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ways; believing assuredly, that God can and will make you full amends in the next life, for what you want or suffer in this, in submission to his will.

Lastly, your duty is to be thankful to God. The way to be so is, to look upon every mercy you receive as the gift of God: every danger you escape, as owing to his care and providence: every good thought, every good purpose, every occasion of doing good, as the effect of his good spirit.

Think, and act, and purpose thus: and it will be as natural to thank God for all the dispensations of his providence, as it is for vou to beg any blessing from him, which

you stand most in need of.

Stop awhile-until you have considered these things, and until you have expressed your sense of them in the following prayer.

THE PRAYER.

This is indeed the first and great command, to love thee, O God, with all our heart ; for on this, depends our salvation. But even this must be the gift of thy grace. For this grace I now apply to thee, to make

my

love and fear of thee the governing principle of my whole life : that I may always do what I believe will please thee: that I may care

fully avoid what I know will offend thee : and that I may live as having thee the constant witness of my thoughts, words, and actions.

Give me a steadfast faith in thy word and promises ; a firm trust in thy power: Let the fear of thy justice keep me from presumption, and a sense of thy goodness from despair. Defend me from all those bewitching snares which destroy our love for thee; from worldly cares; from all sensual and sinful pleasures; from evil company;

from foolish diversions; and from every thing that may make me forget, that thou alone art worthy to be feared and loved: grant me these mercies for thy son Jesus Christ his sake; whose love and death we are going to commemorate. Amen.

SECTION V.

Your Duty to your Neighbour and Yourself.

This is the second great command, and will require the most solemn resolutions you can make, before you go to the Lord's Supper.

Consider, therefore, whether you can sincerely resolve as follows:

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I dare not, I will not, be indifferent how I lead my life. I know what God has commanded me, and I purpose sincerely to do it.

I will, in the first place, be obedient to the lawful commands of my superiours, and especially to those who watch for my soul. I do sincerely purpose in all my dealings to remember the command given me by my Saviour, Thou shalt love thy neighbour as thyself. And therefore I will make a conscience of doing the least wrong to any man; of using any deceit, or fraud, or oppression; or of taking advantage of the ignorance, mistakes, or necessity of my neighbour; knowing assuredly, that he who wrongs his

neighbour, does the greatest injury to himself. And if at any time I am convinced that I have done him any wrong, I will make him satisfaction, as far as I am able, without being forced by law,—to do unto others what I would they should do unto me,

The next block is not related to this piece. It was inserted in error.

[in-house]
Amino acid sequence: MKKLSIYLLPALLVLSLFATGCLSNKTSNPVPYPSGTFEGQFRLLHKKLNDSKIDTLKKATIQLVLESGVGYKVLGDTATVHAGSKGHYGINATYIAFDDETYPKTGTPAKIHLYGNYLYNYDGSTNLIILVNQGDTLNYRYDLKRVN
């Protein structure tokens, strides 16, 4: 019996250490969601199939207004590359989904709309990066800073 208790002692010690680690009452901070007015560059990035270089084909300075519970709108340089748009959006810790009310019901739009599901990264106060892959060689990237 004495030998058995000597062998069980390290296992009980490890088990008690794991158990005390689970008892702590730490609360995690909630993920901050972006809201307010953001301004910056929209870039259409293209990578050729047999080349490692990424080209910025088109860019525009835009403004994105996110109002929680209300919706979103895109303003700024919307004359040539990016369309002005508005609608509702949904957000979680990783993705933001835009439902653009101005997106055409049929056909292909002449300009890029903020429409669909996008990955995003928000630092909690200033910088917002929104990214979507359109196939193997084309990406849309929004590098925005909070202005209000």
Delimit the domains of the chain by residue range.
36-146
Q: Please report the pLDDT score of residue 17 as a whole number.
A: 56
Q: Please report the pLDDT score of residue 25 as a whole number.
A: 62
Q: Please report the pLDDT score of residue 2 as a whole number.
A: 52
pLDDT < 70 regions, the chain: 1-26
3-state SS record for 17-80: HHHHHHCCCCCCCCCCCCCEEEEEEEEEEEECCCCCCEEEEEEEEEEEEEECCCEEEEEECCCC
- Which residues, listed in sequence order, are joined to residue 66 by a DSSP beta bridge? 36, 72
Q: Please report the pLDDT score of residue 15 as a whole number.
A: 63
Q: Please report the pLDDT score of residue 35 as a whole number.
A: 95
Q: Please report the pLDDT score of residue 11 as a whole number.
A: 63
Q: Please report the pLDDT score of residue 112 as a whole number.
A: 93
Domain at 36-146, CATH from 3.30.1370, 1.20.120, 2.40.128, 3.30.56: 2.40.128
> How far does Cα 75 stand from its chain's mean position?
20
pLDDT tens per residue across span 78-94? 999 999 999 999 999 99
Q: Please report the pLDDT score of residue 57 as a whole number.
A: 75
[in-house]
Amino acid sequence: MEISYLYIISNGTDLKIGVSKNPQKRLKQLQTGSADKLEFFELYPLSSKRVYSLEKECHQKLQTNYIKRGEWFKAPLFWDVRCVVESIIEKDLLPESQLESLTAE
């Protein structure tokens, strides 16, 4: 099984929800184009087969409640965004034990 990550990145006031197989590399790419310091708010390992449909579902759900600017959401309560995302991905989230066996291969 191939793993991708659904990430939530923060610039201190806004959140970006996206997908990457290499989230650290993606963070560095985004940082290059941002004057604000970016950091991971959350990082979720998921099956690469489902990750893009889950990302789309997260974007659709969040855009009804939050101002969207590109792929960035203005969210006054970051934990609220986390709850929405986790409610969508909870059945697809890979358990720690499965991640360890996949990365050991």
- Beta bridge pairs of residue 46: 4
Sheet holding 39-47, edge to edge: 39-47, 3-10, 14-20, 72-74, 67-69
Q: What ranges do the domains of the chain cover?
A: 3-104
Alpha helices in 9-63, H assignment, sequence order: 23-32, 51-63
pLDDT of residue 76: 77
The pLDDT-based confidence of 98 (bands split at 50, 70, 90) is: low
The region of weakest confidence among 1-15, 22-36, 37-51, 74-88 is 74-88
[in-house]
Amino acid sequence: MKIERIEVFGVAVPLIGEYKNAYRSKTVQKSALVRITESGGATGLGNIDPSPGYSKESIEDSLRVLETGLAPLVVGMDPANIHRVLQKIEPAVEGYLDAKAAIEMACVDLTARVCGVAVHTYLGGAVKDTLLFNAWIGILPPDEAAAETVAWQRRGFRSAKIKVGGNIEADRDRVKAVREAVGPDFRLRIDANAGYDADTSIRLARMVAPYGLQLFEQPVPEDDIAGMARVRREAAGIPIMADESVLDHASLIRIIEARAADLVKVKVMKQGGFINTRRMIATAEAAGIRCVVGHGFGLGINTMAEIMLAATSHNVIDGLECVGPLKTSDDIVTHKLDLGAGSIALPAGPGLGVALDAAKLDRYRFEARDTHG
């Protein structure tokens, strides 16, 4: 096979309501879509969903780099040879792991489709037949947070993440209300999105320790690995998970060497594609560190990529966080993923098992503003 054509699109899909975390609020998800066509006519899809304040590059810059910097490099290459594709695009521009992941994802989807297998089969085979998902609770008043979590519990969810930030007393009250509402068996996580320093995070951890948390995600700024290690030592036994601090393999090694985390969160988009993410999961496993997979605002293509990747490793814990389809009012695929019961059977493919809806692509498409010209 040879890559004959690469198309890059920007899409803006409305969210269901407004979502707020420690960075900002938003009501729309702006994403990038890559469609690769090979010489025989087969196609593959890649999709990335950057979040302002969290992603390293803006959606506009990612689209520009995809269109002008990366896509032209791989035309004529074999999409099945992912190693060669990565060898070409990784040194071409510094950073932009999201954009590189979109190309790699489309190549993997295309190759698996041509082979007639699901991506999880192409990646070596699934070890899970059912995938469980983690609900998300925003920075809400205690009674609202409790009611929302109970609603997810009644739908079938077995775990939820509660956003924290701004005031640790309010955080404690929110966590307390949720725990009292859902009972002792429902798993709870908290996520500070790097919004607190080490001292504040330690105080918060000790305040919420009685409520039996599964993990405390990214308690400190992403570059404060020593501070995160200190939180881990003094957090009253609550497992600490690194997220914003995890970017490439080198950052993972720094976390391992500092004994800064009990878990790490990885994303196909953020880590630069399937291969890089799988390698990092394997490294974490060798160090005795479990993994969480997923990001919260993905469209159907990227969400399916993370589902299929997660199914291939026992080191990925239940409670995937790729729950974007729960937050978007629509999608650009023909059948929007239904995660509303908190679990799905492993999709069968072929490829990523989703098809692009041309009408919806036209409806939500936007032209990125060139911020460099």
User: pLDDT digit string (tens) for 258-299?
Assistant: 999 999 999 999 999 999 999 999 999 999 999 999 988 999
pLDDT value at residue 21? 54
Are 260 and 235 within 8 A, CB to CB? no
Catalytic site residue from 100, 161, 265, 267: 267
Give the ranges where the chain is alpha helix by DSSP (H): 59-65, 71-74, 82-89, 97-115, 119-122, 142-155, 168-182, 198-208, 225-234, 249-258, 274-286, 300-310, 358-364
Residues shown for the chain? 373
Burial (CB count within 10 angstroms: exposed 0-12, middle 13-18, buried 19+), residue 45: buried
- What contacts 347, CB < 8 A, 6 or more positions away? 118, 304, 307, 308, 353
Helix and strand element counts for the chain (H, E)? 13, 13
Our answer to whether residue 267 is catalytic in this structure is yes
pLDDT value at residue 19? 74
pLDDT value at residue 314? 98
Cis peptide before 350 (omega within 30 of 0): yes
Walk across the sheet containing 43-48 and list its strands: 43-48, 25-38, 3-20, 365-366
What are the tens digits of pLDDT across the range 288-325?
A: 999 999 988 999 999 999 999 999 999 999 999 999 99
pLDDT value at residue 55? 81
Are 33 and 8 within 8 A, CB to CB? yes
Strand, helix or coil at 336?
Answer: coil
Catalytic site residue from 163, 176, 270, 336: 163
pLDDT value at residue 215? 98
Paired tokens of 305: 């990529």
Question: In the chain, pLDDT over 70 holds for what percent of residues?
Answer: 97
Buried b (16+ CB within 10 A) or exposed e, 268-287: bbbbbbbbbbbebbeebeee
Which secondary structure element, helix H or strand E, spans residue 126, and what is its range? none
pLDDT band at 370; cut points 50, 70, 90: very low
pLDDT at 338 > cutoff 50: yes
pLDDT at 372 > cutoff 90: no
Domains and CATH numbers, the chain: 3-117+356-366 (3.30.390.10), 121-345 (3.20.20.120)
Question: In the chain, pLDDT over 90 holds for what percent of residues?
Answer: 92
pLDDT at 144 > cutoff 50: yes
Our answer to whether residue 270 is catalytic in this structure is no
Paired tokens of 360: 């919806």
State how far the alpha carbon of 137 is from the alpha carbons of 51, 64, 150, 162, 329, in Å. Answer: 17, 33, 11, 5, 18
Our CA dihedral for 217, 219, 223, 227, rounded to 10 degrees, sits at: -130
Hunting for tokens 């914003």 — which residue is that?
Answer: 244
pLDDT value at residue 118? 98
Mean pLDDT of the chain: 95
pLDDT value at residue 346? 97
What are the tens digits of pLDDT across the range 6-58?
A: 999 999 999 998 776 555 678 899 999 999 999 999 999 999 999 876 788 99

To this end, I will endeavour to live peaceably and charitably with all people; avoiding all malice, and revenge, and evilspeaking, and contention, as much as possibly

And I will speak the truth, at all times, and especially when I am called to my oath, whether it be for or against my worldly interest.

I can.

As to the duty I owe to myself, I am convinced, that my first and great concern ought to be, to take care of my soul.

I do therefore steadfastly purpose to lead a serious life, as one under the sentence of death ought to do: to be sober, temperate, and chaste; that when I die, I may be admitted into the Paradise of God, where no unclean thing must enter.

To this end, I resolve to keep a watch over myself, that I may avoid all such company, such pleasures and diversions, as may make me lose the remembrance of death, and the account I must give.

I will endeavour to be content with iny condition, not coveting what is another man's, neither envying the prosperity, nor taking pleasure in the calamities, of my neighbour.

And, forasmuch as a life of idleness and luxury is hateful to God, I will strive to do my duty in the state of life, in which his

providence has placed me; not flattering myself, that I do no evil, when I do no good in my generation, lest the sentence upon the unfruitful tree be passed upon me, Cut it down, why cumberethit the ground ?

These duties I will endeavour to perform, as a proof of the love and reverence I bear to God, who is so good as to accept of my

repentance, and a sincere, though imperfect obedience.

And if, through weakness, temptation, or sudden surprise, I shall be so unhappy as to forget any of these resolutions, and fall into sin, I will, as soon as I perceive it, beg God's pardon, and be more careful for the time to

come.

with you.

Now, if your conscience can witness for you, that

you piously purpose to live after this manner, you may safely

go to the Lord's table ; and the blessing of God will go along

Go no farther till you have considered these purposes again; for they are to be the purposes of your whole life, and of every day of your life.

And then address yourself to God, that, through his gracious assistance, they may make the more lasting impression upon your mind.

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THE PRAYER.

Gracious God, who hast given us precepts, and an example to walk by, let the remembrance of them be always seasonably present with me.

Give me grace to practise them conscientiously, to reverence my betters, and all that are in authority, and especially such

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